Tropical vacations behind us, we got back to work at the office preparing for our latest trip back to El Jocote. The main reason for our latest visit was to continue with our environmental training sessions with the community. Richard, our fellow intern, and I came in a day early, while Kate stayed back because she still has to depend on the truck to bring her in. Jaime, our boss, only came with the truck for the friday afternoon workshop.
Richard and I checked out a couple of our older projects to see how they are doing. We came across the field of tomatoes in Juan Jose's and Juan Valerio's farm, watered by the solar irrigation system installed by the Presidio group in mid-January. The tomato plants were knee-high and filled with small green tomatoes already.
Next, we checked out one of the patio gardens installed by the Havurah Shalom group around the new year. Dona Inez's garden was also filled with green shrubs of tomatoes, chiltomas (sweet peppers), plantains, corn, and avacado and mango trees.
On the way through town, we asked a lady about these logs that she had hanging from her eaves. "Honeybees," she said. We stepped back a little when we saw the little bees flying in and out of a hole in the log. "oh, don't worry, they're really tame. They don't sting!" She put her finger up to their exit hole and caressed a couple bees as they flew out.
Kate and the group came the next day greeted by a flock of kids and the standard excitement around town that always accompanies a truck. Carlos was passing by and he and Kate admired each others walking canes. Carlos was nearly killed when a car ran him over in Costa Rica a few years ago. With metal plates in his head and screws in bones throughout his body, he's lucky to be walking at all, let alone with a cane. He also may be lucky it happend in Costa Rica and not Niraragua, due to the more advanced medical care south of our border.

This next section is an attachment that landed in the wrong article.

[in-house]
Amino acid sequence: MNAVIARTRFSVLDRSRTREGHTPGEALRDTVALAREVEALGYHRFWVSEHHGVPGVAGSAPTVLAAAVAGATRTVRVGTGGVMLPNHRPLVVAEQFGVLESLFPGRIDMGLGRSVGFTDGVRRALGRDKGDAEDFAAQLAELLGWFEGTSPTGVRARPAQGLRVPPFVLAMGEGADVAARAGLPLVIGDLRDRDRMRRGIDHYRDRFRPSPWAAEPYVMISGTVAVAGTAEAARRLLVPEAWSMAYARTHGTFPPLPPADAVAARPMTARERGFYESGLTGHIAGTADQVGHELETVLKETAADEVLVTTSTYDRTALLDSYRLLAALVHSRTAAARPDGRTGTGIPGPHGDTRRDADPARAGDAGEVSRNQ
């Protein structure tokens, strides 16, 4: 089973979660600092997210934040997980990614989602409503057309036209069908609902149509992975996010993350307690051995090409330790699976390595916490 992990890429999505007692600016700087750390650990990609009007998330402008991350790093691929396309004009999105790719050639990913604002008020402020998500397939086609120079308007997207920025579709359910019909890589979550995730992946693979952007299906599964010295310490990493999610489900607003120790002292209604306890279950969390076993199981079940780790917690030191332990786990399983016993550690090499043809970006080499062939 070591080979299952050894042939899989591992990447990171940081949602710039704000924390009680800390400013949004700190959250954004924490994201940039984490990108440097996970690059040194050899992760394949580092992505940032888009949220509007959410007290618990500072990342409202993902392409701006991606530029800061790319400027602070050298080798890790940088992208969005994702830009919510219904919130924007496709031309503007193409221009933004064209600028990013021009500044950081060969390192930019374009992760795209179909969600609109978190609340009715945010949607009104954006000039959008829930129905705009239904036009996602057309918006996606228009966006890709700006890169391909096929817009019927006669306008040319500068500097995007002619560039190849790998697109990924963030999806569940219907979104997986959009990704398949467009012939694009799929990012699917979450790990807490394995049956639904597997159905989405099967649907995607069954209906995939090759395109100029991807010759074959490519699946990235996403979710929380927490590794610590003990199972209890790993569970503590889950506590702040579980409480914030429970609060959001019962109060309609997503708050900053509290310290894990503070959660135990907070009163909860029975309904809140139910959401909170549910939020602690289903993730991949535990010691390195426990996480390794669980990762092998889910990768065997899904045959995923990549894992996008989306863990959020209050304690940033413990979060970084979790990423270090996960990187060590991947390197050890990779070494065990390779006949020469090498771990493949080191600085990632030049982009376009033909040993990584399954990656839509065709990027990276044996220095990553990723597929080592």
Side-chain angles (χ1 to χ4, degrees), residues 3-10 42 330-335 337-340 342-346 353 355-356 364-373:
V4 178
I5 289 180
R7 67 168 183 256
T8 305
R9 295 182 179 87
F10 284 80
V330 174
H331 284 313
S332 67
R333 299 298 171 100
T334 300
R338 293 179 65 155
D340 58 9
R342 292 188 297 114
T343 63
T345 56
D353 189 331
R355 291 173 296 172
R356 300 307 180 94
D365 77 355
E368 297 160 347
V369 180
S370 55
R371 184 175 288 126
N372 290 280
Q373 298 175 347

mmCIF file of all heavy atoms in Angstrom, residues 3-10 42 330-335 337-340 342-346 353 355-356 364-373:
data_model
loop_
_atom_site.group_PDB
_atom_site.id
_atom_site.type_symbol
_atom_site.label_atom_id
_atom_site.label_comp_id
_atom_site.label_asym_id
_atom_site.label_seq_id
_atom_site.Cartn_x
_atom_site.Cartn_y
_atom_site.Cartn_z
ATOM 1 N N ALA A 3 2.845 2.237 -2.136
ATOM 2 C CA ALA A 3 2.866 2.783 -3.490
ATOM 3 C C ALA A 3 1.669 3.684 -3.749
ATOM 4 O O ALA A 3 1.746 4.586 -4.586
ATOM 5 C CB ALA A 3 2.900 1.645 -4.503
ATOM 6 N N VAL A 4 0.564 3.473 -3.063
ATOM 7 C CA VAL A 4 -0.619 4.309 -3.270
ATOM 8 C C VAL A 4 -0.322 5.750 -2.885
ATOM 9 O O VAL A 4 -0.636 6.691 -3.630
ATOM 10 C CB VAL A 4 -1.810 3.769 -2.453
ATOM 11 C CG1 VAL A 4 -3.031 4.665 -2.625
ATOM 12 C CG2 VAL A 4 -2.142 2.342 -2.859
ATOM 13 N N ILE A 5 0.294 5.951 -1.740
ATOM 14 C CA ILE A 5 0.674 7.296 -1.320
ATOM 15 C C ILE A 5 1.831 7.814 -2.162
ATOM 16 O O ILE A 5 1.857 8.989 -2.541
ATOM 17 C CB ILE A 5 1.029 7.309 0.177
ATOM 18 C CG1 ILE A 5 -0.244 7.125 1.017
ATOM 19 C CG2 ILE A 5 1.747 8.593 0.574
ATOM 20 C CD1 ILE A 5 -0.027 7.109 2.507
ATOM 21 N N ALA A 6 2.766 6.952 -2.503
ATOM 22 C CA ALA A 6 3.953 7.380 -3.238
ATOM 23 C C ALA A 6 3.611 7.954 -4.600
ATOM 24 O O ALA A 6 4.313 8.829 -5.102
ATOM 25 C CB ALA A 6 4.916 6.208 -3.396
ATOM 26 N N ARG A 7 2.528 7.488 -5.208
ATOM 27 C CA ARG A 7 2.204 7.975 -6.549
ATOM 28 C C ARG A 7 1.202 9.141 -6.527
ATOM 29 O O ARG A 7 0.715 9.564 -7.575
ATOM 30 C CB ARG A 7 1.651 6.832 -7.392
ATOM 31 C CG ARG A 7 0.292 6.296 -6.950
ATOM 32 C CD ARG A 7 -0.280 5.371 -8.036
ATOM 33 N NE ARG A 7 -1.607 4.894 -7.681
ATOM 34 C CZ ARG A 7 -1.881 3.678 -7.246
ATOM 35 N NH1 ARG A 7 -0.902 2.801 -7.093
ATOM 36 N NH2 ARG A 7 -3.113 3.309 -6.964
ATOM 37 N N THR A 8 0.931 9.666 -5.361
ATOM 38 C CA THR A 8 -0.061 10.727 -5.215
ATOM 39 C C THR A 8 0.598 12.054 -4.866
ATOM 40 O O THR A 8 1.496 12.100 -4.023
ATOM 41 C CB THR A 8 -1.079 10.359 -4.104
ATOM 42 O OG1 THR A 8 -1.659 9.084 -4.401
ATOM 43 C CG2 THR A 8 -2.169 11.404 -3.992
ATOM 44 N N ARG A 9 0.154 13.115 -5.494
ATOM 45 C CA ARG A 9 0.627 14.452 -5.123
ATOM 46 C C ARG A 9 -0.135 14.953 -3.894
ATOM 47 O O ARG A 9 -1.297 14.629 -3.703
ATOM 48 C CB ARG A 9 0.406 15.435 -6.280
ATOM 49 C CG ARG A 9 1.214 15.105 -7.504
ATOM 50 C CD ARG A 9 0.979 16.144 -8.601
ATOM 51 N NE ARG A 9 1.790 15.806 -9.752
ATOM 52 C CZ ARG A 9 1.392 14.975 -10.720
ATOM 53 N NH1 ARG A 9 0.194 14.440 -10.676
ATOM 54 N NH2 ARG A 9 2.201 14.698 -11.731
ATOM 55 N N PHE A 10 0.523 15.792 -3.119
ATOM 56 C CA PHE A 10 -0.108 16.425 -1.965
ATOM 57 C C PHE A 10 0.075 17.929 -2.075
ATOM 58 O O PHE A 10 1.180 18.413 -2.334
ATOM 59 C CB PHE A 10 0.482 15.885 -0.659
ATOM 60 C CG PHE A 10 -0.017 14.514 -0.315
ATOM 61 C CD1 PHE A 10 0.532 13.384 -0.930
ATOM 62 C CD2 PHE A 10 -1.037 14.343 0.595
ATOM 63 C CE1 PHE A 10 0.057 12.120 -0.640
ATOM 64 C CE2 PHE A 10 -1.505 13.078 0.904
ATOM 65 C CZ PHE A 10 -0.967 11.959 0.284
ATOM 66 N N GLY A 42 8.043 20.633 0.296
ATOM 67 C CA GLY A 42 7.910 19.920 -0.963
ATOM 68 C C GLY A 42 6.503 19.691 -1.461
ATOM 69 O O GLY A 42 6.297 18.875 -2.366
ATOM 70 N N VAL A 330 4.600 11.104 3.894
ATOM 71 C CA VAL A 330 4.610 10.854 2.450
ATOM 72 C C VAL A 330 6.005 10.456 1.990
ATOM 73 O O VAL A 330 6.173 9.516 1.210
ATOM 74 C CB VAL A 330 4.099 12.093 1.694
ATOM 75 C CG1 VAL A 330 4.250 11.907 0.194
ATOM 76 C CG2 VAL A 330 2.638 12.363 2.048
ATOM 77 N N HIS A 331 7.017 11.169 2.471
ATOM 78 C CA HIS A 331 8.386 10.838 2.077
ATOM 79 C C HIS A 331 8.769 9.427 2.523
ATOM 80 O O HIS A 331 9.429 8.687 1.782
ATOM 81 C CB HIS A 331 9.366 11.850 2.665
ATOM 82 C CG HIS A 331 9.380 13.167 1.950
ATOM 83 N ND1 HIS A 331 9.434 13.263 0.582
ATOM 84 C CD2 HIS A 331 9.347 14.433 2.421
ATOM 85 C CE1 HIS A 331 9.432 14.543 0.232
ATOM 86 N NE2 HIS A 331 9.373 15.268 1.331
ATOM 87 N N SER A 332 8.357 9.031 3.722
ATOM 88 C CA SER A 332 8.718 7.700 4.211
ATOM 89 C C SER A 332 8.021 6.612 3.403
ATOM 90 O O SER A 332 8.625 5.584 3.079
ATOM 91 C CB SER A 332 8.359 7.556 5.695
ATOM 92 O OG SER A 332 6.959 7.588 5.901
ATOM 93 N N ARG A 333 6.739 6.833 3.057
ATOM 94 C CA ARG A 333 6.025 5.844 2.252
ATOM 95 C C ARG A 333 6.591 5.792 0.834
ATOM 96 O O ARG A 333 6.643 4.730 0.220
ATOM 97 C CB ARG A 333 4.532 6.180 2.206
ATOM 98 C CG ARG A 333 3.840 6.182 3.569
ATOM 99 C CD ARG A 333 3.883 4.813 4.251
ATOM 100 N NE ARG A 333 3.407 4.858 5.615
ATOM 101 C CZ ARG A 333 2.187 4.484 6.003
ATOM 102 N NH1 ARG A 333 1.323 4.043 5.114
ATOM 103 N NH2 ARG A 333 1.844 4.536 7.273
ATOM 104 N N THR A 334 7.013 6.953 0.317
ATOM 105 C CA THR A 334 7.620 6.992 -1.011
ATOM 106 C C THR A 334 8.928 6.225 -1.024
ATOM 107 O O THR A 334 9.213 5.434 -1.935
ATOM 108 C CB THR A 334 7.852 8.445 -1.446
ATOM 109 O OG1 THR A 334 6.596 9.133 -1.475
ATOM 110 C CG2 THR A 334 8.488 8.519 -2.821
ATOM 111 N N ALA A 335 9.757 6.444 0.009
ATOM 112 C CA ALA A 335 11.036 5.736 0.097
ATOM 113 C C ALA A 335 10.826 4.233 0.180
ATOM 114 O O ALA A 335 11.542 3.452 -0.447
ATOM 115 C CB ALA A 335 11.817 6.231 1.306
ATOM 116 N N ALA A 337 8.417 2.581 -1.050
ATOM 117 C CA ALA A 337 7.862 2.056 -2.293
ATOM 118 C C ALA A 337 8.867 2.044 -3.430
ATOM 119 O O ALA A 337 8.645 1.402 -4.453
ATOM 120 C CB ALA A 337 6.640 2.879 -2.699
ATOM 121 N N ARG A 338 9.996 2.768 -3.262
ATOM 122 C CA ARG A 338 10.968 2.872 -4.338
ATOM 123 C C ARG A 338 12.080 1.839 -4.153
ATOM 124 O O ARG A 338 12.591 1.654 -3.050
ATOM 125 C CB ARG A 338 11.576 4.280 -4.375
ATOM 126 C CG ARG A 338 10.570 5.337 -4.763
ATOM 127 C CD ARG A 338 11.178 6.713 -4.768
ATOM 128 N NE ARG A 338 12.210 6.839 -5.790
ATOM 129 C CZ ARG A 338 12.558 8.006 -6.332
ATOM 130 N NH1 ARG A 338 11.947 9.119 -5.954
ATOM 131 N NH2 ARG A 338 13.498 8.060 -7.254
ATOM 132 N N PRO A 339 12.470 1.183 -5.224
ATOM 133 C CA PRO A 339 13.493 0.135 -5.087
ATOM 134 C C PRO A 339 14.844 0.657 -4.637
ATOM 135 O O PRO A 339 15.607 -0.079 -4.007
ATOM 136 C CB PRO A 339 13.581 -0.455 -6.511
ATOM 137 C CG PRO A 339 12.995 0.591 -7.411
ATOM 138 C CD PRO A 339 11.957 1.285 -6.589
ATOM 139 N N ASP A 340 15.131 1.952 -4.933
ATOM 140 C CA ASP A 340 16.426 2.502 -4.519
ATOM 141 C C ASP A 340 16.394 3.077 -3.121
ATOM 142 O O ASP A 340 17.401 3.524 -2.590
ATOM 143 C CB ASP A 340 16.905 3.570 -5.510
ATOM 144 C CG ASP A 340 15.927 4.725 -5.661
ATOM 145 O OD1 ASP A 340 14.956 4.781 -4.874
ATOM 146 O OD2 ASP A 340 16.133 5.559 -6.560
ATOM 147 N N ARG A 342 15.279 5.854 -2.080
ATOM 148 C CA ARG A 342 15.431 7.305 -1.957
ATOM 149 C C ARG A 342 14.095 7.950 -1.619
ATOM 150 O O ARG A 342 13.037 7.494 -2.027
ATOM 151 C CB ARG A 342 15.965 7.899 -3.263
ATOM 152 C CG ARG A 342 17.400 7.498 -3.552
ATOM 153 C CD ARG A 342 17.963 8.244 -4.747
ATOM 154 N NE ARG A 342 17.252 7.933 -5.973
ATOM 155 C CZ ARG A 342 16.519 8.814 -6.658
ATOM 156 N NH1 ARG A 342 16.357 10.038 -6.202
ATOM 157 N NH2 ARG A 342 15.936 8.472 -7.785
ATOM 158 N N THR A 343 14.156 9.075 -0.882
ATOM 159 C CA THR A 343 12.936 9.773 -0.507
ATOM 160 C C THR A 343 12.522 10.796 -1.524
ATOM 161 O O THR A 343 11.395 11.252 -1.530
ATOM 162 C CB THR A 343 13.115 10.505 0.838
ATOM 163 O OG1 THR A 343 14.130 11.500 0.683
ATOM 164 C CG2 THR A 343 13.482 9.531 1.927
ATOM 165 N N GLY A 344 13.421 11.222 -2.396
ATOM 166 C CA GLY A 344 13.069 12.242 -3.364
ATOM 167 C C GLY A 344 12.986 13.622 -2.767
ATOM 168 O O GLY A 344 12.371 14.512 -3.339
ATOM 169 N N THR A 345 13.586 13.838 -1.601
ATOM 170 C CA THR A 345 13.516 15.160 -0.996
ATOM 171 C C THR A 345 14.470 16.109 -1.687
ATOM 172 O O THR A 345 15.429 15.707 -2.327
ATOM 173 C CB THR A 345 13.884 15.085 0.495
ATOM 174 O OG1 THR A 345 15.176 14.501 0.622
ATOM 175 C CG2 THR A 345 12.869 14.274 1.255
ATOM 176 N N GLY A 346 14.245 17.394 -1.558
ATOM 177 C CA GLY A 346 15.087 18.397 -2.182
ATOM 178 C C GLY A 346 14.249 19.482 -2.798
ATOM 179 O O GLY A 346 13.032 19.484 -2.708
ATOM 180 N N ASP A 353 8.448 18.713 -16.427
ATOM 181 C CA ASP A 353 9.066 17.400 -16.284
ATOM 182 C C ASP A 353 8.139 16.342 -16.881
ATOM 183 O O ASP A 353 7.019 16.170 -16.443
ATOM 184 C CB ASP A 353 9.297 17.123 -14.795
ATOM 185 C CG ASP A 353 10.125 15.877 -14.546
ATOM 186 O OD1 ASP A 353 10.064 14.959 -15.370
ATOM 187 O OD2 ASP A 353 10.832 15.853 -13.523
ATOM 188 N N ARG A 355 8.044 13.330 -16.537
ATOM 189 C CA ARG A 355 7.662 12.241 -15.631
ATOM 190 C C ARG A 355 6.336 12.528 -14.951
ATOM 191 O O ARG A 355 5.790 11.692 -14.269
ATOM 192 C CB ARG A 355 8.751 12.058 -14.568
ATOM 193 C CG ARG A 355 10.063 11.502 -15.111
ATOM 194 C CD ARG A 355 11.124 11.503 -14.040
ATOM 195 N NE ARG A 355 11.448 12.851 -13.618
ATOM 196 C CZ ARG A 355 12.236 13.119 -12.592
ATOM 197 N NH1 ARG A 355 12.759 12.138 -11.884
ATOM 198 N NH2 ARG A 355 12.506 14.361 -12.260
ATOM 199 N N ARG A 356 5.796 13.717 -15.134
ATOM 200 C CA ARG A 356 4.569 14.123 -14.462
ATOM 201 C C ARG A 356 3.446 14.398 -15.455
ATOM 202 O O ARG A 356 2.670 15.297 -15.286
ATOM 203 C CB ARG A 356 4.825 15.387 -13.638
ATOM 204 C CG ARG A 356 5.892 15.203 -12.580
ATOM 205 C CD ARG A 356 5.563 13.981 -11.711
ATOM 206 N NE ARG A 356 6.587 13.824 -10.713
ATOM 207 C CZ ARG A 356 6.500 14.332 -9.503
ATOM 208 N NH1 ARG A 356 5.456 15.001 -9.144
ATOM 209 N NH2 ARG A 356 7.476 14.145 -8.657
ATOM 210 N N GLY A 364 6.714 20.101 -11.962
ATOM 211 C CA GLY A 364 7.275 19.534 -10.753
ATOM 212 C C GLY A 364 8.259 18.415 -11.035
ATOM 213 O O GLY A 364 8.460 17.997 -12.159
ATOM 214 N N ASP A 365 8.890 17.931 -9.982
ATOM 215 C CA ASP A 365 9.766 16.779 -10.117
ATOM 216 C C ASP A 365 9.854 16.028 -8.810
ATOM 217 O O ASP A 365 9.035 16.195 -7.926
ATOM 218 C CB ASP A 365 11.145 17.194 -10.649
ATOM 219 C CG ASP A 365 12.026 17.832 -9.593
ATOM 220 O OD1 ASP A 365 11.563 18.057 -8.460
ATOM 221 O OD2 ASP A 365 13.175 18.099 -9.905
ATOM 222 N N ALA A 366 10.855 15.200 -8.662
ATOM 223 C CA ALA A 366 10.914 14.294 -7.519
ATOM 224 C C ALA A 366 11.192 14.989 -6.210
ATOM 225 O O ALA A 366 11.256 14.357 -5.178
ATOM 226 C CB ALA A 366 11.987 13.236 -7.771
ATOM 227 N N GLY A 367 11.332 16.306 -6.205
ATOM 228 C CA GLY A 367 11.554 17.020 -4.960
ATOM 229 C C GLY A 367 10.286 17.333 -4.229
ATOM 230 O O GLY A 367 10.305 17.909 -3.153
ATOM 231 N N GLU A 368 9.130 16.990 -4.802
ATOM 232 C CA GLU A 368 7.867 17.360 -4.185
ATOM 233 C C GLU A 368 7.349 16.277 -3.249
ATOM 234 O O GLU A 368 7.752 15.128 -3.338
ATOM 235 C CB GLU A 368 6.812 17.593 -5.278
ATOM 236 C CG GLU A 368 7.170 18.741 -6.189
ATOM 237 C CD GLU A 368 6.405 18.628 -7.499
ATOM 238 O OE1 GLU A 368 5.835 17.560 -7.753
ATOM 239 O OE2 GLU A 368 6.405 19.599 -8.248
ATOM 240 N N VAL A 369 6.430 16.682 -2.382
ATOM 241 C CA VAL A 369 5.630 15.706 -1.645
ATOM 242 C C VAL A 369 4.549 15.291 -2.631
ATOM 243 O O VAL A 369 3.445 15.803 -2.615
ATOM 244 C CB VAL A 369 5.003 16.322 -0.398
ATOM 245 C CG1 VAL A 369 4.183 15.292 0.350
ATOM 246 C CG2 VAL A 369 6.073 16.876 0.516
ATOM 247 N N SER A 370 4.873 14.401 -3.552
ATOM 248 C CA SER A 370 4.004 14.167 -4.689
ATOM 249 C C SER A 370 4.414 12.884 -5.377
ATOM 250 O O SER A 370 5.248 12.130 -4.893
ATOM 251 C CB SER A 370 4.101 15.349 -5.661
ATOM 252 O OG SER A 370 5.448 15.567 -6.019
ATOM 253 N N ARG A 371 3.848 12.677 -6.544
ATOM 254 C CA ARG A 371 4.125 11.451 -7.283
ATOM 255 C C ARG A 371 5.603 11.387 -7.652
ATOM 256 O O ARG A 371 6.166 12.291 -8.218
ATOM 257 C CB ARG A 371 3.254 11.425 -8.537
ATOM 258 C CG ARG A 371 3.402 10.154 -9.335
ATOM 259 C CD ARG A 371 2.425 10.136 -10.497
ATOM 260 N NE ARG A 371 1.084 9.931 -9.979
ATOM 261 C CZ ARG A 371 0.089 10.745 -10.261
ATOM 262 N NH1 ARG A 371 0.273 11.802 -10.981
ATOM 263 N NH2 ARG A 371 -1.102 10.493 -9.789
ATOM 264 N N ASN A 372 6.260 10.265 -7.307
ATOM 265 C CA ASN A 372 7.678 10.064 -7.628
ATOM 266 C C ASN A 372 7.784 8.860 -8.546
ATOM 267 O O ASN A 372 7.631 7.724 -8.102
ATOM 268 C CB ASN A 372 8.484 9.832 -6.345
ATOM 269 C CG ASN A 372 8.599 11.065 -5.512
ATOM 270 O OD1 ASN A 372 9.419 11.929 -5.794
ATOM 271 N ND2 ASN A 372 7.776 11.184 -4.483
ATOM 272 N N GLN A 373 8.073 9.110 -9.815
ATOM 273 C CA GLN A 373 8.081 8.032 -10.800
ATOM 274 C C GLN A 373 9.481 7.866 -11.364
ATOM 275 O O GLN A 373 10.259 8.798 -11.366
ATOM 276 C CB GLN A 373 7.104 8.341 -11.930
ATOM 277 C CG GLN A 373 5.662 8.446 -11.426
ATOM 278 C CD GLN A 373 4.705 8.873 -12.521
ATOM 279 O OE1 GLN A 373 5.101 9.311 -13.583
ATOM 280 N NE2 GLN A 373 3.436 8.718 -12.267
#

So we put on our second training session, really just a summary of the first one plus some activities. I talked a little about healthy rivers and problems of contamination around the world.
Kate talked about erosion and trash, and had the community take part in a activity to learn about biodegradability times for different trash articles.
When Kate went to turn off the computer after the presentation, a hoard of kids circled around her and asked her to show them stuff. The kids here are so inquisitive.
After Kate and the crew left back for Managua, Richard and I stayed back for another couple nights to install his first improved cookstove project here. We started by removing the old stove, which is nothing more than a horseshoe-shaped pile of bricks in the middle of the kitchen. Stick a pot on the top, burning wood in the open end, and you have a functioning kitchen stove, albeit smokey and inefficient.
The new stove has a frame of blocks with the "rocket elbow" in the center of it that functions as a combustion chamber. When properly insulated, the rocket elbow burns small amounts of wood very efficiently, with little smoke.
The elbow is insulated with ashes, which are kind of a mess to work with, but are very effective. Richard and the host brother Freddy are dumping in ashes.
Little Angelito wanted to help, and showed us that he can lift big blocks, too.
Angela put the finishing touches on her stove as we finished for the day. You can see the soot on the wall behind the new chimney. That's what the old stove left in the house after one year of operation. Imagine what that smoke does to the lungs of the countless women of Nicaragua who spend a large part of their lives in the kitchen.
When we finished, Angela asked us if we noticed the chicks hatching under the kitchen counter. She pulled out a pot full of chicken from the kitchen, and then lifted up the chicken to show a handful of fluffy chicks and some half-broken eggs below.
Richard held one of the fuzzy peeps and introduced it to its new, smokeless home.